Remember that the point Alfred was making is that because the
   software is licensed under the GPL, he is allowed to make a copy
   _even_ if the CD is not his property and he was acting as an agent
   of licensee/owner of the copy. To him, the license is a magical
   property attached to the software, and not an agreement between
   licensor and licensee.

It depends on the license.  The GPL gives an explicity right for this,
some other licenses may not.  If I'm in the legal possession of GPLed
software, maybe because my employer gave me an CD to use and install
that specific program, then I'm also allowed to redistribute it.  The
employeer cannot state that I cannot do this, since the GPL gives me
this right.

   I think that employees do not have any rights to their employer's
   property, whatever the conditions were under which it was acquired.

Even if the employer sold that property to the employee?

   The same would apply to the files on my computer if you were to
   borrow it.  None of the software on that machine is a "copy that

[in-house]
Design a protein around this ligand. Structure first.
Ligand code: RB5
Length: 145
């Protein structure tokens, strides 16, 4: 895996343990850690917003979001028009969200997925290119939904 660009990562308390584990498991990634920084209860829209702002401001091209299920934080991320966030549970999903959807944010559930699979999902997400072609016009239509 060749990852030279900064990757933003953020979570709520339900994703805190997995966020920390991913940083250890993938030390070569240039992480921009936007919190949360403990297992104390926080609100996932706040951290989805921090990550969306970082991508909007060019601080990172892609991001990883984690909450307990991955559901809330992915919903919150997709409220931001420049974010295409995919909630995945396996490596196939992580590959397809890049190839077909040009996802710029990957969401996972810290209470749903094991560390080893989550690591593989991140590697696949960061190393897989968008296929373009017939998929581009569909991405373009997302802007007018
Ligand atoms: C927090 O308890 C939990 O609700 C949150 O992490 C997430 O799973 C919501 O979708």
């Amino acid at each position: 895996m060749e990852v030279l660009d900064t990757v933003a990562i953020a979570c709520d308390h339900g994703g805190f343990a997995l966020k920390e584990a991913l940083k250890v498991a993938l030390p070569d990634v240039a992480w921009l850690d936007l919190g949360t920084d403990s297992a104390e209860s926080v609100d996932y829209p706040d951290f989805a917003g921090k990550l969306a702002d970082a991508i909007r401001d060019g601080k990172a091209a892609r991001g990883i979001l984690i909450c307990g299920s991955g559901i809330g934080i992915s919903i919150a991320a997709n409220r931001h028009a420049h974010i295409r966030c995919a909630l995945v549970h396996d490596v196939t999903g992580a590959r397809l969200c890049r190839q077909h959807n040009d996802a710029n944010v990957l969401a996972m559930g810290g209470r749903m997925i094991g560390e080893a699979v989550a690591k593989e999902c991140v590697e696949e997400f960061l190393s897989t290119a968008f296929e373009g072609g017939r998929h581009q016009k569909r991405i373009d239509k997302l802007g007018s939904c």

you rightfully acquired", and hence you have no right to copy it,
   whatever its license.

I borrowed the computer, not the files.  So yes, in this particular
circumstance, this is correct.  One could compare it to borrowing a
car, and then making a claim to the content in the car, like the
fluffy teddy bear.  You were allowed to borrow the car, but not the
teddy bear.

(Note that my example was different, and more akin to person A giving
a gratis copy of a CD to person B; David AFAIK claims that person A
can still dictate what person B is allowed to do with the content.  I
claim that David is wrong)

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